There are probably no less than a half dozen posts floating about my keyboard this morning, but I’m not going to write them or post them. I’ve received a few complaints lately from my fellow blawgers that (1) I write too much for them to read and (2) I post about all the good stuff and leave nothing for them to post about.
I apologize. I don’t mean to be a burden or to steal your thunder. I will stand down today and give anyone who wants it a chance to catch up and, if you’re so inclined, get ahead.
But since I’m not going to post about anything in particular today, I’ll take the opportunity to muse a bit. One thing I don’t understand is why people who say they don’t care about something still feel compelled to offer a comment about it. If you don’t care, why bother? If it doesn’t matter to you, or you’re sick and tired of the subject, or it’s just not interesting, then why not move on? Yet some people still post a comment to the effect that they don’t care, it doesn’t matter or it’s not interesting. Why? I doubt anyone has a gun to your head forcing you to post something.
It seems to me that posting a comment requires a bit of effort. There are plenty of posts out there on a wide range of topics and issues. There must be something out there that’s interesting to you, or meaningful to you. Post your comment there if nothing here strikes your fancy. But why bother to exert even that minimum effort to post a comment that says nothing, or expresses your lack of interest or thought, or your having absolutely no position on the matter?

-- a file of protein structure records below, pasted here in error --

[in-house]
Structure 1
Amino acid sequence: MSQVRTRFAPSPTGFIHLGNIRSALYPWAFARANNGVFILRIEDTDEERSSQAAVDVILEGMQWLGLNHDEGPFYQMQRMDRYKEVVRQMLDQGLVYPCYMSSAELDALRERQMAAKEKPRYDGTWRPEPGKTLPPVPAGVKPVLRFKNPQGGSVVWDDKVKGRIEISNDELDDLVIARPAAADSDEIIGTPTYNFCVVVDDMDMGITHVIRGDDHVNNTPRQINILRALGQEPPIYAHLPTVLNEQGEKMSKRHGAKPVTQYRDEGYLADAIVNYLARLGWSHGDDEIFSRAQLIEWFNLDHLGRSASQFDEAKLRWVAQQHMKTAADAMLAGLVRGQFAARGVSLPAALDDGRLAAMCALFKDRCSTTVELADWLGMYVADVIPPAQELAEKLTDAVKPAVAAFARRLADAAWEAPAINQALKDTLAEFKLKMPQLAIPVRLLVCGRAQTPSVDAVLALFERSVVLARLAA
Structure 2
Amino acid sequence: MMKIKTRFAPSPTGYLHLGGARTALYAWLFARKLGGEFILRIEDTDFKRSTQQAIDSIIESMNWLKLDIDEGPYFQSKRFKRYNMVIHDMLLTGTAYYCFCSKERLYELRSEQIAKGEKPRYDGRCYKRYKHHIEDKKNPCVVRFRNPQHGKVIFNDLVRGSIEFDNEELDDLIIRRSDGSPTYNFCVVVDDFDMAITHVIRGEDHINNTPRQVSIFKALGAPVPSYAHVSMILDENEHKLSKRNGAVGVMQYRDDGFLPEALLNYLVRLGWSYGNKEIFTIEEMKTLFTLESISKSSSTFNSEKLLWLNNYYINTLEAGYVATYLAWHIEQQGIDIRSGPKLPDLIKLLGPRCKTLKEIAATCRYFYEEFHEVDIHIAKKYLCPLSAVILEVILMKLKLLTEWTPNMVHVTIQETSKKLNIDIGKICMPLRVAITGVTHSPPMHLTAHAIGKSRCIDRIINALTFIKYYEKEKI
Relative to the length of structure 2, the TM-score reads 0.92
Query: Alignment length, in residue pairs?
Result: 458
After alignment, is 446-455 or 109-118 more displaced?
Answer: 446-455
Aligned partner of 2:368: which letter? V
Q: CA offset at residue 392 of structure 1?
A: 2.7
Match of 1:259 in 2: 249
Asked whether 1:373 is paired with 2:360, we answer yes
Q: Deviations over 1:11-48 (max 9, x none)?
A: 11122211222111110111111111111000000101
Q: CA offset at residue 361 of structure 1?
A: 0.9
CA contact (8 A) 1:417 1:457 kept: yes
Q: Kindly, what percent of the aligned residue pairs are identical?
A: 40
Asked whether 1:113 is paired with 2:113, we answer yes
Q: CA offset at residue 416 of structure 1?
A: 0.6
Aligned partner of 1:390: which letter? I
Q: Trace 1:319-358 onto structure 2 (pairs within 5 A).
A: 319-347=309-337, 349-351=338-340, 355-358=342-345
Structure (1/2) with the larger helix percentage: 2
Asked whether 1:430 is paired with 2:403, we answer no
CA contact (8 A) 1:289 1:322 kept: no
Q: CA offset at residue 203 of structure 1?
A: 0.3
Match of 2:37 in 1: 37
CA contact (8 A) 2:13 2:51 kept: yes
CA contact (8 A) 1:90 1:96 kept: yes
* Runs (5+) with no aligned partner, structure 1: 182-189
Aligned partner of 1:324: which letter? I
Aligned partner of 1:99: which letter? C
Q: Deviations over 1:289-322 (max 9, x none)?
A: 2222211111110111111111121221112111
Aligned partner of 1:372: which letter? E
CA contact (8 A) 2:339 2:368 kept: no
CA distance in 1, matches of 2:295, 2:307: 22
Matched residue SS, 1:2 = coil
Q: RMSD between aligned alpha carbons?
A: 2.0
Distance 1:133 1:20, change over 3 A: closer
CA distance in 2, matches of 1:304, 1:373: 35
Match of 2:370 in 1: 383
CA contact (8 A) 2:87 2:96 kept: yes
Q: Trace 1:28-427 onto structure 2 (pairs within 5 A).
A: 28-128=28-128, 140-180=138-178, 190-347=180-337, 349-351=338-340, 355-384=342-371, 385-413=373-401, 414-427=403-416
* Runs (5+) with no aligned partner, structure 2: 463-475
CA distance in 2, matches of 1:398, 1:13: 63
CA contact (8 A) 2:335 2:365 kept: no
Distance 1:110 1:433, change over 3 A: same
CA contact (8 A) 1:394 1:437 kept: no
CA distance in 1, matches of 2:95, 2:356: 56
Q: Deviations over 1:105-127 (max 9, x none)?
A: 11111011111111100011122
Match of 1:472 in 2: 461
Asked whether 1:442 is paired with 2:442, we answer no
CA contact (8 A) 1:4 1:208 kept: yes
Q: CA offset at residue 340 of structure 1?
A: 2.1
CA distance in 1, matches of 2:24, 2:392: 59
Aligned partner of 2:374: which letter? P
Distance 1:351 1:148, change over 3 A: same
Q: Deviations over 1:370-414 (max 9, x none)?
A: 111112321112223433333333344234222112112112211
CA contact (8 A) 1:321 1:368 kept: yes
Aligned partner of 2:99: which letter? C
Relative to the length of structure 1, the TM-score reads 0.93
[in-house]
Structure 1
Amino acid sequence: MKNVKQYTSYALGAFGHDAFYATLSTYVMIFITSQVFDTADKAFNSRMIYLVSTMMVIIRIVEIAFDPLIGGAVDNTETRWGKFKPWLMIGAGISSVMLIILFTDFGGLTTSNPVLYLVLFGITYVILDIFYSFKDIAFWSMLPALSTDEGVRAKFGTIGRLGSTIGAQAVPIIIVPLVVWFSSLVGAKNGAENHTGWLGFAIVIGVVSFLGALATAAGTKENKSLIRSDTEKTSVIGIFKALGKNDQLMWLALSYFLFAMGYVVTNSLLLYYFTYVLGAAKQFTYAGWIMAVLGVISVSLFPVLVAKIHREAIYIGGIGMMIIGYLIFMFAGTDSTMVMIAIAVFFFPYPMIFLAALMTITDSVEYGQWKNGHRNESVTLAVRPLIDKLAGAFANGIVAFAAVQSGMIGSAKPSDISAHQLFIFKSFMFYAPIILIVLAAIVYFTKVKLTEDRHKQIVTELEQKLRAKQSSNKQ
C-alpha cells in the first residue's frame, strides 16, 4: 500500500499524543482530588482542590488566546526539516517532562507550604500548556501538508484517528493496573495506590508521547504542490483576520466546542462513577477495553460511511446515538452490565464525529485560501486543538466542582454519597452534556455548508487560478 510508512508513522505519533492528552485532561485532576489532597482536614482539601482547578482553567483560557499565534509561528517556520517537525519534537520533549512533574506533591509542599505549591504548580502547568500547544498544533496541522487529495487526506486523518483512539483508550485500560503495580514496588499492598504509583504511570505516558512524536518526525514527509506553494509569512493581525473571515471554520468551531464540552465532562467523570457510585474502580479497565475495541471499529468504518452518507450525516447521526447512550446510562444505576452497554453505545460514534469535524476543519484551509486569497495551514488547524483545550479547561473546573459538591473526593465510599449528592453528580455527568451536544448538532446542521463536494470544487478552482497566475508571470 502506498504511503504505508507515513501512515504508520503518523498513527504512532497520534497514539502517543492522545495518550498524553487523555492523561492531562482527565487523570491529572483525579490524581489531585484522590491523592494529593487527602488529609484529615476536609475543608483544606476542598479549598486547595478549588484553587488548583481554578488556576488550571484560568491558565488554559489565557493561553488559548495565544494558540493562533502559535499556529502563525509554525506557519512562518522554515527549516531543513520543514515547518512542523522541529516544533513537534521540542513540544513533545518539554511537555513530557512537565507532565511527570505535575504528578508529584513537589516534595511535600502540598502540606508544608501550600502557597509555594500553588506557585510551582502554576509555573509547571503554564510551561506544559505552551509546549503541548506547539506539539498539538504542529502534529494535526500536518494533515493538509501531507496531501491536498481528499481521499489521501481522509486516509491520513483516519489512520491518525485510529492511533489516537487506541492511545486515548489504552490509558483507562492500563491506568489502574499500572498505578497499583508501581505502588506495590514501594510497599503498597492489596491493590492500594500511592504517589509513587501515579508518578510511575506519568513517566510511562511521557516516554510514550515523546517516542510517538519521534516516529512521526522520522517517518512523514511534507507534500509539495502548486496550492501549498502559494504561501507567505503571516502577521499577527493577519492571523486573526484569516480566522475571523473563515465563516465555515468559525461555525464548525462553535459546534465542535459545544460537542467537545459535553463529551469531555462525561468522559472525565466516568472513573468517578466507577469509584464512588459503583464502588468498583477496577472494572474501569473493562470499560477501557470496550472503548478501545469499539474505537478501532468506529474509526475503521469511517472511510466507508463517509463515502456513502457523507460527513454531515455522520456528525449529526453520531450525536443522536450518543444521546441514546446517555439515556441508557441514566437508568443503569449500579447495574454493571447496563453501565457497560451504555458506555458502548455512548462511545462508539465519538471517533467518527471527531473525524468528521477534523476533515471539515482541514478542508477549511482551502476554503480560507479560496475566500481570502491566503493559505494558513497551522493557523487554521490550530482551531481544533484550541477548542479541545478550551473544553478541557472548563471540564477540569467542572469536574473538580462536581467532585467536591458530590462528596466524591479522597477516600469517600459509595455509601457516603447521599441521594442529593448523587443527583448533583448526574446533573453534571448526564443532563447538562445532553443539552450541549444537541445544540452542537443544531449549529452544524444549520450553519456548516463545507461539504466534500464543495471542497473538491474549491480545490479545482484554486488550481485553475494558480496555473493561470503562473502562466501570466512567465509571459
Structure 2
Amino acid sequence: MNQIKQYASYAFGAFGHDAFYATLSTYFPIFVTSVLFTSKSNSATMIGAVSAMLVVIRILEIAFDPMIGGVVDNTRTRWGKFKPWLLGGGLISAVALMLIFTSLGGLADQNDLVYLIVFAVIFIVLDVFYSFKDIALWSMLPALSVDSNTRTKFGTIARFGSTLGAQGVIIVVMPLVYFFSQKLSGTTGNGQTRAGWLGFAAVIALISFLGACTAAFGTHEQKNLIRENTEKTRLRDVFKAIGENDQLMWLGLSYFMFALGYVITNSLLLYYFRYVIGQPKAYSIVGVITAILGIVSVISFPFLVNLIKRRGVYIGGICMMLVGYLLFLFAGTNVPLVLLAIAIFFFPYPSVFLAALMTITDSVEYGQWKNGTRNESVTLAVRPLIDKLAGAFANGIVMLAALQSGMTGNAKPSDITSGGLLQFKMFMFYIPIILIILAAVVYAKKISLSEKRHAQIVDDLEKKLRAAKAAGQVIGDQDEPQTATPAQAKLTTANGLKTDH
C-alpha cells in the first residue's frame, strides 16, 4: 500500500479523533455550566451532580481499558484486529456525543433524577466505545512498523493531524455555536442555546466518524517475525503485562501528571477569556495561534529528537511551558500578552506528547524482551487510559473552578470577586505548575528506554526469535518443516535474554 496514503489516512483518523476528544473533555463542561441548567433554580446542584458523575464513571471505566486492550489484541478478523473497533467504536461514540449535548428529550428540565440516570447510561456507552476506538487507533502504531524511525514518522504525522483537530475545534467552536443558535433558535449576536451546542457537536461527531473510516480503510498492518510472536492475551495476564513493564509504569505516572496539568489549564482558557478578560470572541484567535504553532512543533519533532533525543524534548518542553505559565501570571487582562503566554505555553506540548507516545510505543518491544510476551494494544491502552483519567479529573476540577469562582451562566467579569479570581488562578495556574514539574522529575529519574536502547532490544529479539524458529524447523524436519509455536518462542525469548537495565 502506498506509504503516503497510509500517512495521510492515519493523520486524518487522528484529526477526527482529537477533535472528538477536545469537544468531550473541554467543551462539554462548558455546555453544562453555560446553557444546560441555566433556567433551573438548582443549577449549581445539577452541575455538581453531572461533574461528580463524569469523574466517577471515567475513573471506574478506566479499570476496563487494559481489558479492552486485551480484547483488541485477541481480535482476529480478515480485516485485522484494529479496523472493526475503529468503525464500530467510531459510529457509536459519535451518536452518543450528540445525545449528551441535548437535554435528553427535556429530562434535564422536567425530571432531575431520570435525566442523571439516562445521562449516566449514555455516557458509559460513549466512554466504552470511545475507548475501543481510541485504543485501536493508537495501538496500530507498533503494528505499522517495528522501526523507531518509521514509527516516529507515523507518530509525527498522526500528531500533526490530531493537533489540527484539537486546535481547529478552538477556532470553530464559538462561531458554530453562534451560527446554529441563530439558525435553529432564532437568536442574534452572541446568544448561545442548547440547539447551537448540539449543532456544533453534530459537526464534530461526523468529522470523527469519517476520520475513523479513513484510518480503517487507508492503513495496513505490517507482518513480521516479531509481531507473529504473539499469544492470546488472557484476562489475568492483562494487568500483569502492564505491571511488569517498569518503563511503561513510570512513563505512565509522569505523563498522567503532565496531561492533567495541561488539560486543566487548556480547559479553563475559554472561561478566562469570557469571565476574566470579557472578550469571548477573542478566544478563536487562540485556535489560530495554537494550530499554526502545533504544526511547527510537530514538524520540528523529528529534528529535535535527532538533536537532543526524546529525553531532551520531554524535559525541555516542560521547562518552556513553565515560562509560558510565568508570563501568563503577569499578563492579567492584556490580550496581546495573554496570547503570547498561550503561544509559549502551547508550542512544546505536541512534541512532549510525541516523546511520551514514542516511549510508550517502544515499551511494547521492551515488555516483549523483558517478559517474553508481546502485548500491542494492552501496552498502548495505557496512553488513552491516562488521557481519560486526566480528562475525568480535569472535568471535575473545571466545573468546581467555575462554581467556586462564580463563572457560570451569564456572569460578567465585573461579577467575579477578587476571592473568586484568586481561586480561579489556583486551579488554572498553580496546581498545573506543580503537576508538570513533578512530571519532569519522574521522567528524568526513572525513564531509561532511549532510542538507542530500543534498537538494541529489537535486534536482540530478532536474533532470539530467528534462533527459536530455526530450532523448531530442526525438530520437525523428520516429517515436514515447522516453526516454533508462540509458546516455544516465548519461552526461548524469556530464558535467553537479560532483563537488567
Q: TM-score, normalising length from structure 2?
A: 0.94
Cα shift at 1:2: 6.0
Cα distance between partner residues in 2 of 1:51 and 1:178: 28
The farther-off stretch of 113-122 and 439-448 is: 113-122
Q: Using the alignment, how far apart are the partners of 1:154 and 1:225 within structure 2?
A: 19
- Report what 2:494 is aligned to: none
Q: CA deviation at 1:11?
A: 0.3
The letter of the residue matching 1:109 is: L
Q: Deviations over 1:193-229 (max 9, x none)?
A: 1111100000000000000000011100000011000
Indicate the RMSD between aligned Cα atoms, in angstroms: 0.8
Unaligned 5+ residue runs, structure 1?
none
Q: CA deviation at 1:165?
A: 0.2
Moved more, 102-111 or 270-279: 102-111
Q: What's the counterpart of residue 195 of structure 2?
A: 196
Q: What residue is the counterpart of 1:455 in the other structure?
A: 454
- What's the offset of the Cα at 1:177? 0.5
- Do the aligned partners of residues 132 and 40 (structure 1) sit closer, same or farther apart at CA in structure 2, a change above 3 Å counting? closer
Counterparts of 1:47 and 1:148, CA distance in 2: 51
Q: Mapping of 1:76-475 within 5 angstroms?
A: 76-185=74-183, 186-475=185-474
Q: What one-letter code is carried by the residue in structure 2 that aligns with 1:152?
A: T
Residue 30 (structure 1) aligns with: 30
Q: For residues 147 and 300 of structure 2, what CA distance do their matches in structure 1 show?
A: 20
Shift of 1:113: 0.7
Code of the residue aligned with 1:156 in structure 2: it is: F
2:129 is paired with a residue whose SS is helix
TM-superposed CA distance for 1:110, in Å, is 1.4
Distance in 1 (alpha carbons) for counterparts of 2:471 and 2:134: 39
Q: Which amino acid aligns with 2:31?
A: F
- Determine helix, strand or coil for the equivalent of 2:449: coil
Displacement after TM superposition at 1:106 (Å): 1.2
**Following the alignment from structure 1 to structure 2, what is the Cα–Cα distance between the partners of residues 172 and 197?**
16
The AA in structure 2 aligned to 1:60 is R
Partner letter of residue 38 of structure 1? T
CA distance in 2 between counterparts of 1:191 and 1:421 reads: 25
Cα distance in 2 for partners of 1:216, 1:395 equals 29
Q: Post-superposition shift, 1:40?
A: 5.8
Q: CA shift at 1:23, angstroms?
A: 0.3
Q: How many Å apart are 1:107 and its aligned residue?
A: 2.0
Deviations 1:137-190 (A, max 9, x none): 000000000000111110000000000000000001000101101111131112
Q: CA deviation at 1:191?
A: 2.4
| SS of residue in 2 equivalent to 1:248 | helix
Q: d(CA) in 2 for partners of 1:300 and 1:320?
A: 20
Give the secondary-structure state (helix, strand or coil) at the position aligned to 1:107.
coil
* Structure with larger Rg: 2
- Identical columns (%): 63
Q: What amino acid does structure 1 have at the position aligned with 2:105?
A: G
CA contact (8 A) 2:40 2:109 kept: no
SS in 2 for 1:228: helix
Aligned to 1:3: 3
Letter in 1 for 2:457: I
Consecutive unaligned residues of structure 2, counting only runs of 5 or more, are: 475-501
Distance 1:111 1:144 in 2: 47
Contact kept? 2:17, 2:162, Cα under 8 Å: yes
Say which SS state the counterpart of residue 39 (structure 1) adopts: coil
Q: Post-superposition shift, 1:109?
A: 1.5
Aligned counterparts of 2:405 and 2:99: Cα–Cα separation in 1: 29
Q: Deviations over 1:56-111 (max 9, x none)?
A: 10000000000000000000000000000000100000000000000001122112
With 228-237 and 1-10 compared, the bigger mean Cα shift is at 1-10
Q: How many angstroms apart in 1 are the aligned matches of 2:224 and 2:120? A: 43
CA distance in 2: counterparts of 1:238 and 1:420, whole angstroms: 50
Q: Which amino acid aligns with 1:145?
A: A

I don’t get it. Explain?
And as long as I’m musing, and while I really didn’t plan to harp on the subject of the Slackoisie, which has gotten far more attention than I meant to give it lately. Seth Godin posted this today, entitled I don’t feel like it.
Why do you need to feel like something in order to do the work? They call it work because it’s difficult, not because it’s something you need to feel like.
Very few people wake up in the morning and feel like taking big risks or feel like digging deep for something that has eluded them. People don’t usually feel like pushing themselves harder than they’ve pushed before or having conversations that might be uncomfortable.
Maybe I’m not the only “jerk” on the internet who doesn’t think that we only have to serve our clients when it’s convenient, makes us happy or conforms to our personal sense of work/life balance? Godin is pretty good company. So good that he doesn’t even know that a poor schlep lawyer named Greenfield has a blawg.
Glad I decided not to post anything today.